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The collision course of obesity, undernutrition, and climate change

23 13 7

DESPITE almost three decades of policy recommendations, obesity rates are soaring.

Nearly two billion people are overweight or obese, costing US$2 trillion a year – comparable to the global impact of armed violence and war.

The extent of the pandemic demonstrates this is far from a problem of individual willpower. Rather, it is a product of our modern food systems – the very same systems that are driving undernutrition and climate change.

This perfect storm of malnutrition – both obesity and undernutrition – and climate change is the “paramount health challenge” of the 21st century. Together, they represent ‘The Global Syndemic’, where ‘syndemic’ refers to two or more diseases that co-occur, interact, and share societal drivers.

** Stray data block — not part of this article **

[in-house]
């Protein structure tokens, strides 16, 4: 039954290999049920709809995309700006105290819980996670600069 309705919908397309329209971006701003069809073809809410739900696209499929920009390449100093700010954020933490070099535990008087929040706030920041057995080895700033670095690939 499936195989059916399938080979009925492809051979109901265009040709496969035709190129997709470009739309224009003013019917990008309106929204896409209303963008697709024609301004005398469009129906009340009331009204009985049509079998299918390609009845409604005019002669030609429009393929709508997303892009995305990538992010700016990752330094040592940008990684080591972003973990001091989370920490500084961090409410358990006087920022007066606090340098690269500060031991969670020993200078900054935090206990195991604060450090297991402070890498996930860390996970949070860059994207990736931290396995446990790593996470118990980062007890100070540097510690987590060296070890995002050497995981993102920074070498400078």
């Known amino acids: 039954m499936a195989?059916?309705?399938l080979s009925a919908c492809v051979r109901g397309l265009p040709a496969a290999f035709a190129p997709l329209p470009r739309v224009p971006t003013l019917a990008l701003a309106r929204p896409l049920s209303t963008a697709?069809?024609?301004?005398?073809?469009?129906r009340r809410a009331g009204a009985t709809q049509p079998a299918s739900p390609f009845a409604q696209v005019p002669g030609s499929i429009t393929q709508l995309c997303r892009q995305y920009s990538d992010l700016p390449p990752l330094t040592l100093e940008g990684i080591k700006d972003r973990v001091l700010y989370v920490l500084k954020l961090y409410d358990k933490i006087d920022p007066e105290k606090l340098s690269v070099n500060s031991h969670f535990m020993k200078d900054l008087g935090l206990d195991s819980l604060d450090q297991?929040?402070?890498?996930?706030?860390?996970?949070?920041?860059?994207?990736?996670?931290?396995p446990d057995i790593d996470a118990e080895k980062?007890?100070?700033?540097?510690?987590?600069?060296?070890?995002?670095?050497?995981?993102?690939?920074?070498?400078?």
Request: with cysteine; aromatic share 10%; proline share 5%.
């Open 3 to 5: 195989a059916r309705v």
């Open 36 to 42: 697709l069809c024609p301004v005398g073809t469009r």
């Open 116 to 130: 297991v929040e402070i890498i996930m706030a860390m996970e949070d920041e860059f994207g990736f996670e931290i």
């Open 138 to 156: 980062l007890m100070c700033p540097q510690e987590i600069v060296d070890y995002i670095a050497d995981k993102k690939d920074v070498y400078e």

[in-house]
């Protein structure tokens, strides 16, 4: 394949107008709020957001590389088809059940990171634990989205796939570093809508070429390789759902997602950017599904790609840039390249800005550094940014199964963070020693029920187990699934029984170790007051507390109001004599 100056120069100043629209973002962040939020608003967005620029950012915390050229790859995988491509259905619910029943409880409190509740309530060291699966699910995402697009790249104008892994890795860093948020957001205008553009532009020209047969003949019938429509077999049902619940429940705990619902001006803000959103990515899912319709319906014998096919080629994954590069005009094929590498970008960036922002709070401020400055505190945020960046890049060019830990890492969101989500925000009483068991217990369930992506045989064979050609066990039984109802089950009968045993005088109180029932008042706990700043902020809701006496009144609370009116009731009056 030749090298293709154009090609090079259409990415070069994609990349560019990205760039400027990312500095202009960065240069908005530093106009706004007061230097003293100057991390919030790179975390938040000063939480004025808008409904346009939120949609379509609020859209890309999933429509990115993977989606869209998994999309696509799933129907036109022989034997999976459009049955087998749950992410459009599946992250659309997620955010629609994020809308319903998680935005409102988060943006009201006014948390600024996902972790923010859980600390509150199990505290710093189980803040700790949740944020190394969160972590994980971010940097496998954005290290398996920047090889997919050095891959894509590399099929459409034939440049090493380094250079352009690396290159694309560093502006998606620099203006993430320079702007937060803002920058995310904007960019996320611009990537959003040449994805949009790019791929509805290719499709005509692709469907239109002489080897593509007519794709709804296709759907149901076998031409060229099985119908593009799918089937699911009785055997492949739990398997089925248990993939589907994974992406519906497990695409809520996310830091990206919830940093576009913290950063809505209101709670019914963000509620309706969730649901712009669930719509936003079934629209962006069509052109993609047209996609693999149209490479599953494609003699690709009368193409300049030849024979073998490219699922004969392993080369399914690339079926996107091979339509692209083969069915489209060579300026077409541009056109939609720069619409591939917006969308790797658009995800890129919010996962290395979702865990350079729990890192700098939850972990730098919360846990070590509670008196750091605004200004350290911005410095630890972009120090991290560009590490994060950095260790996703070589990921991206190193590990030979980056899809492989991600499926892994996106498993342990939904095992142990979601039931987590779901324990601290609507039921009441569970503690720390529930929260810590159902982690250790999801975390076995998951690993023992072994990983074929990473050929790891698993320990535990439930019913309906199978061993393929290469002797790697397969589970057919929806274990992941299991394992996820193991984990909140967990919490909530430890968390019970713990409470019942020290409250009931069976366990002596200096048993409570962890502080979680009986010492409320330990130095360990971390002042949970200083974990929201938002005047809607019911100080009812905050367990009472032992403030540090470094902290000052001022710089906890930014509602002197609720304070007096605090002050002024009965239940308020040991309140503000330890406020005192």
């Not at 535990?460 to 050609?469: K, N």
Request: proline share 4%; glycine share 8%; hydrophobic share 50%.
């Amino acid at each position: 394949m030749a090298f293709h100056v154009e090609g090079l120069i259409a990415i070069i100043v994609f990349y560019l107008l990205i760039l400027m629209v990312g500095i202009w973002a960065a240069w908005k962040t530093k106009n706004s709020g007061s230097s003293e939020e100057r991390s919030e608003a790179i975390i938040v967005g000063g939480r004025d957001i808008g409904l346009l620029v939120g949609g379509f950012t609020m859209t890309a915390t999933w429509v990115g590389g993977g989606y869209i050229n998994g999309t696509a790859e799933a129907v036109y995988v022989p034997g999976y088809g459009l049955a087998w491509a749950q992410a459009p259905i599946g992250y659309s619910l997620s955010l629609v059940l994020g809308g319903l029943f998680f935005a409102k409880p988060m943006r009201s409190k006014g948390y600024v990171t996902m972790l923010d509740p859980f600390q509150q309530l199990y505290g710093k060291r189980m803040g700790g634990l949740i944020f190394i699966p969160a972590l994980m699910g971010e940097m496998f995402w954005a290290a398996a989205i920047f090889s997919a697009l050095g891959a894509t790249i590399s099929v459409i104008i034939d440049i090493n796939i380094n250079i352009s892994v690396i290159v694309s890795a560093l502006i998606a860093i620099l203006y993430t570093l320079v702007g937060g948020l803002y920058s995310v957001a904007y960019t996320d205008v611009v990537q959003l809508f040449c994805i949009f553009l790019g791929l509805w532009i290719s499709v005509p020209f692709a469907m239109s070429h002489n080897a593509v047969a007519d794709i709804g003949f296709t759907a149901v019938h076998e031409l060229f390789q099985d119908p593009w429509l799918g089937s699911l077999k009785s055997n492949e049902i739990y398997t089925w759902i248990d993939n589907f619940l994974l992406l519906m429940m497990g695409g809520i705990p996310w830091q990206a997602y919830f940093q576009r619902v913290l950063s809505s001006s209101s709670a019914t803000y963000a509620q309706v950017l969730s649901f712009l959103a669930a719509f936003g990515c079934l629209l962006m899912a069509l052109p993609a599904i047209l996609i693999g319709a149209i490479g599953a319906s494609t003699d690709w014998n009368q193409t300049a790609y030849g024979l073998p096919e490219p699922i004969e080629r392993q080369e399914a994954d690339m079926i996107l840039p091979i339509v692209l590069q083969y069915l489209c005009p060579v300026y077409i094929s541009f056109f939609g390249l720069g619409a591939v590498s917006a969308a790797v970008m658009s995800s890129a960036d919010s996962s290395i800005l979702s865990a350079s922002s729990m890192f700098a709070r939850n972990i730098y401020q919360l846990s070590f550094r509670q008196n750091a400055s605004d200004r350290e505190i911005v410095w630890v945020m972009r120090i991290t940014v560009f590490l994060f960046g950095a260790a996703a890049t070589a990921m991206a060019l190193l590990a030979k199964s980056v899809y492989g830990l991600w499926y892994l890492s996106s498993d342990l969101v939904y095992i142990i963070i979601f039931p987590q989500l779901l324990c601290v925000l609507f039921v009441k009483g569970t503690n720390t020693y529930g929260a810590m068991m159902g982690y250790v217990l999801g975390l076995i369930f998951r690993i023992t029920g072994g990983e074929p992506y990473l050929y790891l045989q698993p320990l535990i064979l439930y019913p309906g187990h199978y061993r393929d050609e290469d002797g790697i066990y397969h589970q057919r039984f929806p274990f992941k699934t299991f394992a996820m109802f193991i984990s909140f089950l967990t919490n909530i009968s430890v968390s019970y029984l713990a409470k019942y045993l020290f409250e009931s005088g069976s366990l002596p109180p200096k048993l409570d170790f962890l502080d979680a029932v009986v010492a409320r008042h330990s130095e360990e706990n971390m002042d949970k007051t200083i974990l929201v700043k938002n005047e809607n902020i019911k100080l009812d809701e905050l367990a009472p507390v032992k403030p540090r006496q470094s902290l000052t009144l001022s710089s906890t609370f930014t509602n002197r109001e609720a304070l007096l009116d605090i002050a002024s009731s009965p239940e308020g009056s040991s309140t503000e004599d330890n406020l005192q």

SEE ALSO: Asia Pacific children are facing an ‘obesity time bomb’

A newly released report by the Lancet Commission on Obesity examines their links, the roles of government, the private sector, and civil society, and what can be done to tackle the pandemics in concert.

Climate change can be considered a pandemic alongside obesity and undernutrition due to its predicted “catastrophic” and global impact on human health. Storms, floods, drought, warming oceans, and rising sea levels threaten the world’s food security; worsening nutrient deficiencies, undernutrition and – less obviously – obesity.

Failing to act means the tremendous health gains of the past 50 years could be reversed by 2050. The broader costs such as loss of human potential, societal disruption, and environmental destruction will be borne by current and future generations.

Just as climate impacts food systems, food systems also impact climate. From intensive agriculture to transportation, the........

© Asian Correspondent